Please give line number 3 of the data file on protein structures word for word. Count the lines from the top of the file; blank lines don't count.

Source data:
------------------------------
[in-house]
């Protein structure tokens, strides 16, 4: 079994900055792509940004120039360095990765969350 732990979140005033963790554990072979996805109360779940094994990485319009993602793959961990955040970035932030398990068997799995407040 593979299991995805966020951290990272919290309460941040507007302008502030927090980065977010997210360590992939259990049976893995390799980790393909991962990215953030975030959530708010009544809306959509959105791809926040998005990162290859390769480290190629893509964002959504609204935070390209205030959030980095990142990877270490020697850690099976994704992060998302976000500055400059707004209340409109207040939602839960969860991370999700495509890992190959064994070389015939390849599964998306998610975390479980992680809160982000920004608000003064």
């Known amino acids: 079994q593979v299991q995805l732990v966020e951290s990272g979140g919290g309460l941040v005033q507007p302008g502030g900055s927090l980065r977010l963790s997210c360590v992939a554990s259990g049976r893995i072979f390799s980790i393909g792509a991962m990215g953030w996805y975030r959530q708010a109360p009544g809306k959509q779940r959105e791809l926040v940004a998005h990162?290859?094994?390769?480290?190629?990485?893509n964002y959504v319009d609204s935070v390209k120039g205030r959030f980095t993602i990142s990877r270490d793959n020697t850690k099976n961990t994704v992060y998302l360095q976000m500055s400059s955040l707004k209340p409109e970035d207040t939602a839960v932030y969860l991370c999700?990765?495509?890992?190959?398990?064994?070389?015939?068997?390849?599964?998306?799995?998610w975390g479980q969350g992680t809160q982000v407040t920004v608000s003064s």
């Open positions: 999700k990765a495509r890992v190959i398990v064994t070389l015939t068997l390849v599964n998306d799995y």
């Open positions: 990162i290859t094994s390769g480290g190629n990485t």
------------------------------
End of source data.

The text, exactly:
């Known amino acids: 079994q593979v299991q995805l732990v966020e951290s990272g979140g919290g309460l941040v005033q507007p302008g502030g900055s927090l980065r977010l963790s997210c360590v992939a554990s259990g049976r893995i072979f390799s980790i393909g792509a991962m990215g953030w996805y975030r959530q708010a109360p009544g809306k959509q779940r959105e791809l926040v940004a998005h990162?290859?094994?390769?480290?190629?990485?893509n964002y959504v319009d609204s935070v390209k120039g205030r959030f980095t993602i990142s990877r270490d793959n020697t850690k099976n961990t994704v992060y998302l360095q976000m500055s400059s955040l707004k209340p409109e970035d207040t939602a839960v932030y969860l991370c999700?990765?495509?890992?190959?398990?064994?070389?015939?068997?390849?599964?998306?799995?998610w975390g479980q969350g992680t809160q982000v407040t920004v608000s003064s």